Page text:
4. At the beginning of the part of the book that addresses personal identity, Parfit makes a distinction between qualitative identity (such is the identity of two things made in the same way) and numerical identity (such as the identity of a thing that actually remains the very same thing in time). Initially, he says that personal identity is about the numerical identity of each person, but eventually he concludes that in a reductionist view, personal identity has to be reduced to qualitative identity, except when more than one person has the very same qualitative identity. This exception raises more questions than it provides answers, so the debate remains open. Anyway, Parfit’s work identifies in Psychological Continuity and Psychological Connectedness the source of the sense of self. Psychological Connectedness is the holding of some direct psychological connections such as having the same memories, intentions, desires etc. Connectedness can hold to any degree. The connectedness is considered strong if there are enough direct connections between two psychological states. Psychological Continuity is the holding of overlapping chains of strong connectedness. These concepts are very important in considering the Open Individualism framework, because they constitute our illusion of being different subjects of experience, of having separate personal identities.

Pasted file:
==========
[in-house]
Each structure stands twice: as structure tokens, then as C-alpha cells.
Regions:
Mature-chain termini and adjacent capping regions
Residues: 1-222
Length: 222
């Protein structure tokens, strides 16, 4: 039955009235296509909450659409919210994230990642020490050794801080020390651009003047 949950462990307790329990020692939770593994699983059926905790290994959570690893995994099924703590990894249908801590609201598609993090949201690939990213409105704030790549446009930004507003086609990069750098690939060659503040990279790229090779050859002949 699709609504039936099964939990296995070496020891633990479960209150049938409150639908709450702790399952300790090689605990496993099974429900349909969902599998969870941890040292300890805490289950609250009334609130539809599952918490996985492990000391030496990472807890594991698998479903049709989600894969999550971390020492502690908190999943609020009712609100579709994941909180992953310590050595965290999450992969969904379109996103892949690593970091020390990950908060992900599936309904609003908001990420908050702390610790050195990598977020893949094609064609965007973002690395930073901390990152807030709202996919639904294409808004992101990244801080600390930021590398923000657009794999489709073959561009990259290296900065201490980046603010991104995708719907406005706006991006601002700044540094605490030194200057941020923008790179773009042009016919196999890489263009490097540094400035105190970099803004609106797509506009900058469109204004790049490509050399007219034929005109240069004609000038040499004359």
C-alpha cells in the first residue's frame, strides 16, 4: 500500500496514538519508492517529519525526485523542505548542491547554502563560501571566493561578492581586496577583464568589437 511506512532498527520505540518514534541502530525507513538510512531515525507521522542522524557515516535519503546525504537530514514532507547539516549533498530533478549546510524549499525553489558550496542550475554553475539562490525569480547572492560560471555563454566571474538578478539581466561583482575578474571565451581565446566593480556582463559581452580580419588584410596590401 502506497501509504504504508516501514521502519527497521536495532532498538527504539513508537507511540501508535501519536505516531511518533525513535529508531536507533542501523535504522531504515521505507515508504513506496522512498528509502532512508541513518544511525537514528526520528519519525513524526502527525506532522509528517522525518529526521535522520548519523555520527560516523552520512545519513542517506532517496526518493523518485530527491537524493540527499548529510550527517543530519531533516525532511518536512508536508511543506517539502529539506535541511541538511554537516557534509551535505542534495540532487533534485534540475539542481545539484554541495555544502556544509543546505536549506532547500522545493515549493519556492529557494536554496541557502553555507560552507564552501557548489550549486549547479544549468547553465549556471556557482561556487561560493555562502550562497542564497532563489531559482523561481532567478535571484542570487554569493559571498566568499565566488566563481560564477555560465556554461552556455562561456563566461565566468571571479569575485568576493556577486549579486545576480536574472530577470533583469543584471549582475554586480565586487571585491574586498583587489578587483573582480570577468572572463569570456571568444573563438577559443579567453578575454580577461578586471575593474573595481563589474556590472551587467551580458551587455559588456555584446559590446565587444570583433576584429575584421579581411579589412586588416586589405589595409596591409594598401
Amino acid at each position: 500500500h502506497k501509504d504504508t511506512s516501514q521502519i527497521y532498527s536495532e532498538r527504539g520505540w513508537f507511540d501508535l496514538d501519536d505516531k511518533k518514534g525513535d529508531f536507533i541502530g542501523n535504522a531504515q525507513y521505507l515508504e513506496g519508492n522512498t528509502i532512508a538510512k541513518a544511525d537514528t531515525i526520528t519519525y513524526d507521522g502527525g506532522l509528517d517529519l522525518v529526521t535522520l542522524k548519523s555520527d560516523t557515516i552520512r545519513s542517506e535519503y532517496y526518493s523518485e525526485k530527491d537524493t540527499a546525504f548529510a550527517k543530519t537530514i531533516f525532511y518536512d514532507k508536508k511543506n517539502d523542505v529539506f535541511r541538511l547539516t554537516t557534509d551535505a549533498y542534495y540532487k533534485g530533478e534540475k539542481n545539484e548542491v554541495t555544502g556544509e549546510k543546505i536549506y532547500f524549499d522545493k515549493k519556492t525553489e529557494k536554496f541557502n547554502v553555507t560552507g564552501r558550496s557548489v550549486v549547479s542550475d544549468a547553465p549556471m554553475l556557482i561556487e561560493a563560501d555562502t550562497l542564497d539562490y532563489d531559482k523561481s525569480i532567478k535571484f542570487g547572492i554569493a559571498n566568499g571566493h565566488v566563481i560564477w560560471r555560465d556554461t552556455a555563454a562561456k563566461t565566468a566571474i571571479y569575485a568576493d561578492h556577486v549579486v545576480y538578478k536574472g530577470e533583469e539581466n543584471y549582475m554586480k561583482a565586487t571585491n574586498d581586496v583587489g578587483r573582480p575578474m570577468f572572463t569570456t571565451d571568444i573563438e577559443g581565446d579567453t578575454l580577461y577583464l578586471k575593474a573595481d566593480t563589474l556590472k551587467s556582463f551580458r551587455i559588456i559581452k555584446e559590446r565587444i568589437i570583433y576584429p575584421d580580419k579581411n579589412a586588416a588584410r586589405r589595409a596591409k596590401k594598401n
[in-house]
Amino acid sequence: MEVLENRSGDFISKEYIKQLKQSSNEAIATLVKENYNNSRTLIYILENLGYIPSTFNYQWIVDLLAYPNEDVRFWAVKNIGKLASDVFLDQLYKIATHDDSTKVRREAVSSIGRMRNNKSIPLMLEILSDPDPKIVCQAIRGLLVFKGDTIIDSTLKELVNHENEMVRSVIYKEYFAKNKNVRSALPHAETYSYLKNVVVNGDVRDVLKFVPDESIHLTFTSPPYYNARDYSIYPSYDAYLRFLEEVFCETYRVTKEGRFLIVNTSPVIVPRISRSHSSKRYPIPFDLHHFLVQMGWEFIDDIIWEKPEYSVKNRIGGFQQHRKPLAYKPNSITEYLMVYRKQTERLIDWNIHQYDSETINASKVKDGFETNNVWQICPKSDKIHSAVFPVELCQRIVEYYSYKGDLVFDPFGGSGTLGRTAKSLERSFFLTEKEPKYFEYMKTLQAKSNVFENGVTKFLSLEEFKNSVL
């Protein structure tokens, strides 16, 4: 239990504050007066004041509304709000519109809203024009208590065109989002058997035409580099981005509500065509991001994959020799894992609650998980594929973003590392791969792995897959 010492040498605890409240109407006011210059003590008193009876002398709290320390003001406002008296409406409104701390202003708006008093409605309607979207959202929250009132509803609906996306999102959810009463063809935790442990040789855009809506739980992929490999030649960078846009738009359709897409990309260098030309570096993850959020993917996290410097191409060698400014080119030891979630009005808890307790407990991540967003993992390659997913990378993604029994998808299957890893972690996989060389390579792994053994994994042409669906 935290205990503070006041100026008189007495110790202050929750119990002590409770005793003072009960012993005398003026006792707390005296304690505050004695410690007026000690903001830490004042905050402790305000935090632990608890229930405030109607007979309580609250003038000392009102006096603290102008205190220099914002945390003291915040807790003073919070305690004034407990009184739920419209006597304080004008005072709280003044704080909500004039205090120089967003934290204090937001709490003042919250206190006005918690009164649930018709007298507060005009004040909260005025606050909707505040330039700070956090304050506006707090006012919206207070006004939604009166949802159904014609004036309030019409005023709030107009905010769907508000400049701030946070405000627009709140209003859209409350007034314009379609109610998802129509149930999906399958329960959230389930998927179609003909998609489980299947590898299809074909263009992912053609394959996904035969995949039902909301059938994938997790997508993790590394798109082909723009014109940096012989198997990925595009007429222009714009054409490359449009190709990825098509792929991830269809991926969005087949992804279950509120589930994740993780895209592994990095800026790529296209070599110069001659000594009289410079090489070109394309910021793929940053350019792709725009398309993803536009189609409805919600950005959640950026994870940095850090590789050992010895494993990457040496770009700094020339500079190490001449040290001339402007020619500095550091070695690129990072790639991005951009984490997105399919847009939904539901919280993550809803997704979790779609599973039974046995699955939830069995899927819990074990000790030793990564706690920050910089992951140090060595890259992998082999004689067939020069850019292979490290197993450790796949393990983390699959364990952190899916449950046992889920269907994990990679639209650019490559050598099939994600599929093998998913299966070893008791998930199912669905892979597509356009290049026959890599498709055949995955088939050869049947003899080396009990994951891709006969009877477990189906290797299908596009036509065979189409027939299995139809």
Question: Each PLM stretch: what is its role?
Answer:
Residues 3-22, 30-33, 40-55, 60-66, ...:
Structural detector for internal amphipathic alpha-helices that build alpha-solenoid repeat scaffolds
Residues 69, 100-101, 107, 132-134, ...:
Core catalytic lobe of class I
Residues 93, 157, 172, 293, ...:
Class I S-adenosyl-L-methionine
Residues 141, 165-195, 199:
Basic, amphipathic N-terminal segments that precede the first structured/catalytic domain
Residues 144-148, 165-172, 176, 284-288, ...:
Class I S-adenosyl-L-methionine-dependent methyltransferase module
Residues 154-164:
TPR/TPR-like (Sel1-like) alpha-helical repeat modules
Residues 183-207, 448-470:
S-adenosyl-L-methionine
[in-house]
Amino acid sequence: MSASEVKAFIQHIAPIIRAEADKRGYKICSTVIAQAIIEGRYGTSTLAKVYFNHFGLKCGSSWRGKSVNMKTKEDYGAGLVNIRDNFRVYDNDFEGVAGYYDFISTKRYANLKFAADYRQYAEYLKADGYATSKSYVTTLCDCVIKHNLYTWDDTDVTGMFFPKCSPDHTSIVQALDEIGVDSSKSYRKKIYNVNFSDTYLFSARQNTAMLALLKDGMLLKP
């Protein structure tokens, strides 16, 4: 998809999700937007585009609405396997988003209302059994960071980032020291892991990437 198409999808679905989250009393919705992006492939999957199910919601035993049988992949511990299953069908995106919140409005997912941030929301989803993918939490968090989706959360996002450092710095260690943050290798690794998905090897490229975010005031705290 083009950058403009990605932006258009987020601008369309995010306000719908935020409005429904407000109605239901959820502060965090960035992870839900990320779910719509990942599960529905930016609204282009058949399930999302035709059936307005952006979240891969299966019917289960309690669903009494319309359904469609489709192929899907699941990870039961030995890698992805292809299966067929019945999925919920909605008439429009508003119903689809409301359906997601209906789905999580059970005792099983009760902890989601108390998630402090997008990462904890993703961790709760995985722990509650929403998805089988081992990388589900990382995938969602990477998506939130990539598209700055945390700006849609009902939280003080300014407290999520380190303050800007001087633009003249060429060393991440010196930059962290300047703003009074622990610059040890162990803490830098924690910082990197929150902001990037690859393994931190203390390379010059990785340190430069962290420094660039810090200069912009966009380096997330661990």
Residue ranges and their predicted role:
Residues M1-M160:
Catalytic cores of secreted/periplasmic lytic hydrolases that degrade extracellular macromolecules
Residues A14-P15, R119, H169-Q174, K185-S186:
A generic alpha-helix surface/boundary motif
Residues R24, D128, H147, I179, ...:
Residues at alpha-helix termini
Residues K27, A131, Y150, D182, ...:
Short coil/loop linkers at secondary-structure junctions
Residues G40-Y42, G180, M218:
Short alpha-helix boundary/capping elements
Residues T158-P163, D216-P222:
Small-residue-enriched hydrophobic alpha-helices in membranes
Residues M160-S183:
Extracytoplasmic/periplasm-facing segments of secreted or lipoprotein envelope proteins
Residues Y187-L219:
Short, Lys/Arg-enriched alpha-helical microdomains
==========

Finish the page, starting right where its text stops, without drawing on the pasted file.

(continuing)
5. On the reductionist view, a person’s psychological state can be mapped onto the physical structure made of neurons in our brain. Other philosophers, such as Thomas Nagel, think that personal identity necessarily depends on the fact that our brain is a mass of matter different than that of other brains, that it is independent in its structure. This means that it is the matter itself which has a specific identity. Both these theories have trouble with the persistence of personal identity over time, because both the matter and the structure of our body change gradually in time. Parfit thinks that our personal identity changes gradually whenever Psychological Connectedness does not hold any longer between the current and a previous psychological state. Parfit does not define how long Psychological Connectedness must hold sufficiently strongly to avoid the changing of personal identity; it is possible to imagine it not lasting more than a single instant, shrinking the lifetime of a single personal identity towards zero. This is why Daniel Kolak named this view “Empty Individualism”. In the extreme case, we should imagine being frozen in a single instant of time, subject to the illusion that time flows. I find this view claustrophobic, but to dismiss it definitively, we have to consider the Individual Existential Problem discussed later. Other philosophers are inclined to think that a persistence based on a mixture of material and structural elements may allow personal identity to hold for an entire lifetime or a shorter period of time, but anyway longer than a single instant. Actually, no mixed model can currently properly answer every problem that arises. The important point is, all the reductionist theories of personal identity regard personal identity as depending directly on the identity of the physical object of your brain or a bigger part of your body. For this reason, to criticize this concept of personal identity from the ground up, we have to criticize the identity concept when applied to inanimate objects.